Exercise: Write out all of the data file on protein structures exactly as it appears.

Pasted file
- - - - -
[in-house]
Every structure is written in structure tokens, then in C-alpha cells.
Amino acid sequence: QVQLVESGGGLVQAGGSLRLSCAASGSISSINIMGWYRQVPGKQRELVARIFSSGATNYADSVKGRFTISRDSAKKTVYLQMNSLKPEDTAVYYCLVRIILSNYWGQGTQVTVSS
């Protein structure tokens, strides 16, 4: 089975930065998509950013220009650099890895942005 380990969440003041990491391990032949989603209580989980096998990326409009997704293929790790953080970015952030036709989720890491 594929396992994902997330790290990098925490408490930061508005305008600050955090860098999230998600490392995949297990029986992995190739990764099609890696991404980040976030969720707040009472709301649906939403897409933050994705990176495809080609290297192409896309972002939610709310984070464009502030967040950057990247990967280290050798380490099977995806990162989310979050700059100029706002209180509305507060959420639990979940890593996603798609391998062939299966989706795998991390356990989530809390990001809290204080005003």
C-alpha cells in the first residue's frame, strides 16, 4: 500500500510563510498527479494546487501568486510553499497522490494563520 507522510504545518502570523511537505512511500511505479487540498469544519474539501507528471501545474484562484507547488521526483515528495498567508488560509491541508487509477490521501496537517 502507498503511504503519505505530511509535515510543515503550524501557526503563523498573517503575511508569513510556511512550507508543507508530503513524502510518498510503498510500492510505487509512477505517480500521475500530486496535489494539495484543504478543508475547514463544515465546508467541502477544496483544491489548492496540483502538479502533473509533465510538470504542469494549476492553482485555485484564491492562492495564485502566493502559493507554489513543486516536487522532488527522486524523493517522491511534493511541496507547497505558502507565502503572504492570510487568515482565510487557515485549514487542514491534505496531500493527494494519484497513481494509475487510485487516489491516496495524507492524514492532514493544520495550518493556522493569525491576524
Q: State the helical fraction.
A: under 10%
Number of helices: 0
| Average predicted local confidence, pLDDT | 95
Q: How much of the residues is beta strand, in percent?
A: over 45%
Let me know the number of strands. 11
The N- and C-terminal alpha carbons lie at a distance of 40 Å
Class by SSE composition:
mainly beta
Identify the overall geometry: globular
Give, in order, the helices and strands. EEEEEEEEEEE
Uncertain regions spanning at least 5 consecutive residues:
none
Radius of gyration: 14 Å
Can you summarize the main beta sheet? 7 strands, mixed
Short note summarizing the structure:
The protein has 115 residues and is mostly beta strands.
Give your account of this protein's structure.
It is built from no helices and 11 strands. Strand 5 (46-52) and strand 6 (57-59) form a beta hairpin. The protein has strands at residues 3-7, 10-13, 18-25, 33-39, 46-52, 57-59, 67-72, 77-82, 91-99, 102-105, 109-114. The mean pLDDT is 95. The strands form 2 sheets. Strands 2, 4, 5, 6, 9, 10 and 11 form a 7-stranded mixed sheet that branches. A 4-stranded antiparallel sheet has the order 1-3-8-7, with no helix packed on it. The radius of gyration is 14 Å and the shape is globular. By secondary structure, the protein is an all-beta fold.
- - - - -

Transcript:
[in-house]
Every structure is written in structure tokens, then in C-alpha cells.
Amino acid sequence: QVQLVESGGGLVQAGGSLRLSCAASGSISSINIMGWYRQVPGKQRELVARIFSSGATNYADSVKGRFTISRDSAKKTVYLQMNSLKPEDTAVYYCLVRIILSNYWGQGTQVTVSS
């Protein structure tokens, strides 16, 4: 089975930065998509950013220009650099890895942005 380990969440003041990491391990032949989603209580989980096998990326409009997704293929790790953080970015952030036709989720890491 594929396992994902997330790290990098925490408490930061508005305008600050955090860098999230998600490392995949297990029986992995190739990764099609890696991404980040976030969720707040009472709301649906939403897409933050994705990176495809080609290297192409896309972002939610709310984070464009502030967040950057990247990967280290050798380490099977995806990162989310979050700059100029706002209180509305507060959420639990979940890593996603798609391998062939299966989706795998991390356990989530809390990001809290204080005003």
C-alpha cells in the first residue's frame, strides 16, 4: 500500500510563510498527479494546487501568486510553499497522490494563520 507522510504545518502570523511537505512511500511505479487540498469544519474539501507528471501545474484562484507547488521526483515528495498567508488560509491541508487509477490521501496537517 502507498503511504503519505505530511509535515510543515503550524501557526503563523498573517503575511508569513510556511512550507508543507508530503513524502510518498510503498510500492510505487509512477505517480500521475500530486496535489494539495484543504478543508475547514463544515465546508467541502477544496483544491489548492496540483502538479502533473509533465510538470504542469494549476492553482485555485484564491492562492495564485502566493502559493507554489513543486516536487522532488527522486524523493517522491511534493511541496507547497505558502507565502503572504492570510487568515482565510487557515485549514487542514491534505496531500493527494494519484497513481494509475487510485487516489491516496495524507492524514492532514493544520495550518493556522493569525491576524
Q: State the helical fraction.
A: under 10%
Number of helices: 0
| Average predicted local confidence, pLDDT | 95
Q: How much of the residues is beta strand, in percent?
A: over 45%
Let me know the number of strands. 11
The N- and C-terminal alpha carbons lie at a distance of 40 Å
Class by SSE composition:
mainly beta
Identify the overall geometry: globular
Give, in order, the helices and strands. EEEEEEEEEEE
Uncertain regions spanning at least 5 consecutive residues:
none
Radius of gyration: 14 Å
Can you summarize the main beta sheet? 7 strands, mixed
Short note summarizing the structure:
The protein has 115 residues and is mostly beta strands.
Give your account of this protein's structure.
It is built from no helices and 11 strands. Strand 5 (46-52) and strand 6 (57-59) form a beta hairpin. The protein has strands at residues 3-7, 10-13, 18-25, 33-39, 46-52, 57-59, 67-72, 77-82, 91-99, 102-105, 109-114. The mean pLDDT is 95. The strands form 2 sheets. Strands 2, 4, 5, 6, 9, 10 and 11 form a 7-stranded mixed sheet that branches. A 4-stranded antiparallel sheet has the order 1-3-8-7, with no helix packed on it. The radius of gyration is 14 Å and the shape is globular. By secondary structure, the protein is an all-beta fold.